E-commerce market growth & hindrances
The e-commerce market is poised to grow to $84 billion in 2021, as per the reports of Deloitte and Retailer’s Association of India’s Unravelling the Indian consumer report of February 2019. It is expected to reach to $200 billion by 2026 and this growth is the result of factors which include rising penetration off internet (there will be rise a in number of internet users form 432 million to 647 million from 2016 to 2021. Another major factor for rising e-commerce market is the deep discount policy.
The deep discount issue was addressed by the Department for Promotion of Industry and International trade in 2018 where through a press note it insisted on maintaining an equal level playing field by the e-commerce entities by prohibiting deep discounts. An effect of deep discounts is on the brick and mortar stores as consumers switch to prefer buying products via e-commerce entities. The government looks to digitise Kirana stores to help them compete with the e-commerce entities. For example, Reliance Retail is working in a technology platform to help smart retailers as a part of its new commerce plan. Jumbotail, a Bengaluru based start-up looks to help Tirana stores procedure consumer goods and maintain stock of inventory via mobile apps. Flipkart also went ahead to onboard kirana stores ahead of it Big billon day sale.
Issuance of Draft rules
The ministry of consumer affairs in November 2019, issued draft e-commerce rules which aimed at consumer protection by ensuring quality control, addressing counterfeits and ensuing a smooth return & refund procedure. Quality contour needs to be addressed by e-commerce entities to ensure that goods advertised are as per the actual characteristics. If any counterfeit product is sold, the e-commerce entity needs to notify it to the seller and if seller cannot prove the genuineness of the product, it may be removed as the listed product with the consumer being notified about the same.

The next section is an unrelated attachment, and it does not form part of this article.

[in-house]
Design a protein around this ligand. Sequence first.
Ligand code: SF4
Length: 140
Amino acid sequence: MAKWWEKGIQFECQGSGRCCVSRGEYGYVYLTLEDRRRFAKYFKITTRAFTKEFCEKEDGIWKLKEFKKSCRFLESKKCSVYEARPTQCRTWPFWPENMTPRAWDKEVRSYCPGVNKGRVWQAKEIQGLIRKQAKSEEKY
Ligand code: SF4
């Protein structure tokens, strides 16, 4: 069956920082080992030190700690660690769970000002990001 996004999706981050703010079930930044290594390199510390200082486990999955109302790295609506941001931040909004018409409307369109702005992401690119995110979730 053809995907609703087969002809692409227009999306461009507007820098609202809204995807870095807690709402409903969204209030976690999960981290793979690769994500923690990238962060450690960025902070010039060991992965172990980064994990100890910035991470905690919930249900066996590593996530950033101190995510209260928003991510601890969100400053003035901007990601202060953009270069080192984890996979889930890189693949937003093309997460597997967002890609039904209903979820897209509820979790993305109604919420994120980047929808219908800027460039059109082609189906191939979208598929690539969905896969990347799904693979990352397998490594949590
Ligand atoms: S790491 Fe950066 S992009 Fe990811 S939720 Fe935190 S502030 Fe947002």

For late delivery or defective goods, the e-commerce entities are required to accept returned goods and refund the amount within 14 days. E-commerce entities are also required to comply with the IT (amendment) act, 2008.
The rules also seek to protect local traders via restricting e-commerce entities from influencing price of goods/services being displayer. The rules have been issued under the consumer protection act and seeks to protect the consumer’s interest via undertaking certain measures. The statement of objects and reasons of the consumer protection bill also highlight the need of the new act in case of changes that have occurred since enactment of the 1986 consumer protection act.
The statement notes the factors like development of e-commerce provides new opportunities to customers it also renders them vulnerable to new forms on unethical business and trade practice. Consumers may benefit with deep discounts, however the draft rules attempt to prohibit the discounts while favouring the kirana store over the end user.
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